Support Young People and their Wellbeing

6 September 2019

Deputy Principal Simon Theel was fortunate enough to attend the World Congress of Positive Psychology in Melbourne. Here are some of his reflections from what was a very informative exercise.

Skills and opportunities to thrive

Part of the Conference involved visiting three very different schools, a small state primary school, a high fee paying ELC-12 school and an alternative school that catered for children exposed to traumatic experiences and/or presenting with behavioural and social problems.

All students, no matter what their background/experiences, need to be given the opportunity and skills to thrive. I walked away from the third campus feeling very grateful for the experiences and opportunities that we provide at SPW.

Students and teacher talking outside


A positive environment to tackle big questions

Two questions that young adolescents contend with today are ‘Who am I?’ and ‘How do I fit into the adult world?’

At SPW we endeavour to provide a positive environment where education, connection and conversation allow students the space to develop answers to these questions and many others they may ask. Our aim is to prepare students for the world in which they live.

We can begin this by
• building positive relationships with them, and
• challenging them to take responsibility for their actions and behaviour.

children running


Strength and resilience 

We do not grow to be strong and resilient adults by having everything done for us, or by having someone take out the bumps or potholes from the road ahead. Our characters are shaped by those bumps and potholes and how we respond to and overcome them. We should try to see these obstacles as opportunities rather than problems.

As educators and parents, we should never aim to make the lives of the children in our care ‘seamless’. We should be building their level of responsibility and resilience, raising the standards of our expectations so that they are challenged to work hard, and to test themselves to achieve the best they can.

“If we teach today’s children as we taught yesterday’s, we rob our children of tomorrow.” – John Dewey

Developing important life skills

Sometimes, we need to deal with the challenging issues and to face the consequences – this builds our confidence and makes us stronger.

Often our first reaction to a new situation is fear; if we can support and teach our students to do their own ‘risk assessment’, to accept responsibility and to learn to deal with the unknown, they are learning important life skills which in-turn builds character.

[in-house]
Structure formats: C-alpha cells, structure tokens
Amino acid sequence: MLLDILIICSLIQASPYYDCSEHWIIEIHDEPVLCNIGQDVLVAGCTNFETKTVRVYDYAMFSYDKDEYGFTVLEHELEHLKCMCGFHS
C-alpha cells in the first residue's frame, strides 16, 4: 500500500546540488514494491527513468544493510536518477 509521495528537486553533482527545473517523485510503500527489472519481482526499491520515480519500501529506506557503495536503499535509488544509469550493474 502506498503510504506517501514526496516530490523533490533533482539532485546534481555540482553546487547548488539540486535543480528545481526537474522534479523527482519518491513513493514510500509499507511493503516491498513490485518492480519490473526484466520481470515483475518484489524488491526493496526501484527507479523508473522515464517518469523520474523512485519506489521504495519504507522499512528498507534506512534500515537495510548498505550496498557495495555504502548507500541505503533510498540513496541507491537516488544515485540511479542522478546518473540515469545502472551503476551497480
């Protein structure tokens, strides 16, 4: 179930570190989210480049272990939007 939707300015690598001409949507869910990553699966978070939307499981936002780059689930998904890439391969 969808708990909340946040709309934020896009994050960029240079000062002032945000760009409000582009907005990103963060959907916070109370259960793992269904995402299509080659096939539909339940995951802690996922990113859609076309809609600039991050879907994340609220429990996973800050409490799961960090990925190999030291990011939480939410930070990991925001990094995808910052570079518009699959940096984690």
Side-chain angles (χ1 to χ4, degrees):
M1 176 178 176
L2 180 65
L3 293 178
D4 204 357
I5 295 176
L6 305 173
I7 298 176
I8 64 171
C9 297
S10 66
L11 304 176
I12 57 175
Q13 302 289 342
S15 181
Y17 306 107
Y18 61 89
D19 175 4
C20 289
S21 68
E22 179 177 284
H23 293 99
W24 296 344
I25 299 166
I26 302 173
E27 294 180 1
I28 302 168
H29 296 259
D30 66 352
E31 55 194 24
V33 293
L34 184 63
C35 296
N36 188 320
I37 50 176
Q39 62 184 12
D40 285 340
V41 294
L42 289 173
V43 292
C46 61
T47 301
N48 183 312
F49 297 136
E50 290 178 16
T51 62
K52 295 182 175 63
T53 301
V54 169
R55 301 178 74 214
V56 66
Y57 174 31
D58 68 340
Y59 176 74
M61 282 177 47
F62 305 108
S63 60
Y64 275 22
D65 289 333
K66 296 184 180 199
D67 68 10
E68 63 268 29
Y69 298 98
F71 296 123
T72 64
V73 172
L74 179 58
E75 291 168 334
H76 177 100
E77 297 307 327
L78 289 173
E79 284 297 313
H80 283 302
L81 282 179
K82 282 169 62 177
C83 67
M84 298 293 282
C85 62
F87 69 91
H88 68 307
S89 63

Children sitting in a circle


Positive Psychology and stepping back

In Positive Psychology it is not about all the positives and fixing what is wrong, rather developing and knowing our strengths and using what we have learnt from those negative times or events (ie Fostering the strengths can assist students to move towards flourishing).

Sometimes we need to learn to ‘take a step back’ and let young people deal with issues by themselves.

We need to give the young people in our care a chance to solve things for themselves and being in the background, giving our support should it be needed.

Wellbeing students


Belonging in a complex world

There are many important lessons for students to learn, both at home and at school. Helping them to find their place in this increasingly complex world and how they fit into it, has to be one of the most vital and long-lasting gifts we can give them.

SPW Wellbeing Component

Part of our journey at SPW is incorporating a Wellbeing component within the weekly curriculum.

As we know, society is experiencing major and rapid changes and this is having an impact on the wellbeing of children.

Research shows that 1 in 7 primary aged children are experiencing mental health problems. The use of technology and social media, amongst other factors, is affecting the ability for engaged learning and there is more pressure for students to perform than ever before.


Community underlines wellbeing

At SPW, community underlines student wellbeing, it is the soul of our culture. Everyone belongs and has something valuable to contribute.

Wellbeing is a blend of a person’s physical, mental, emotional, spiritual and social health. In the 21st Century, learning is beyond the academic and vocational and we need to incorporate character strengths, passion for lifelong learning and explicit teaching which encompasses a whole school wellbeing approach to education.

2 students walking and holding hands


Lifelong wellbeing

Many children have expressed that they want to be able to learn the skills for resilience and help themselves and their peers understand mental illness through hearing stories about people who have navigated successfully through ill mental health.

We play an important part in each student’s wellbeing; by supporting the values, emotional, social and spiritual components of development that nurture citizenship and lifelong wellbeing.

Our role is to build the students’ wellbeing and embed the concepts into everyday practice within classrooms, playgrounds and in co-curricular activities.

To promote Wellbeing at SPW we aim to:
• Build a respectful and supportive community and culture
• Develop pro-social values
• Provide a safe learning environment
• Enhance social and emotion learning
• Use strength based approaches
• Foster a sense of meaning and purpose
• Encourage a healthy lifestyle.

Thank you Simon Theel, Deputy Principal, for sharing this story.

For more information about Positive Psychology click through to Psychologist Martin Seligman’s TED Talk.


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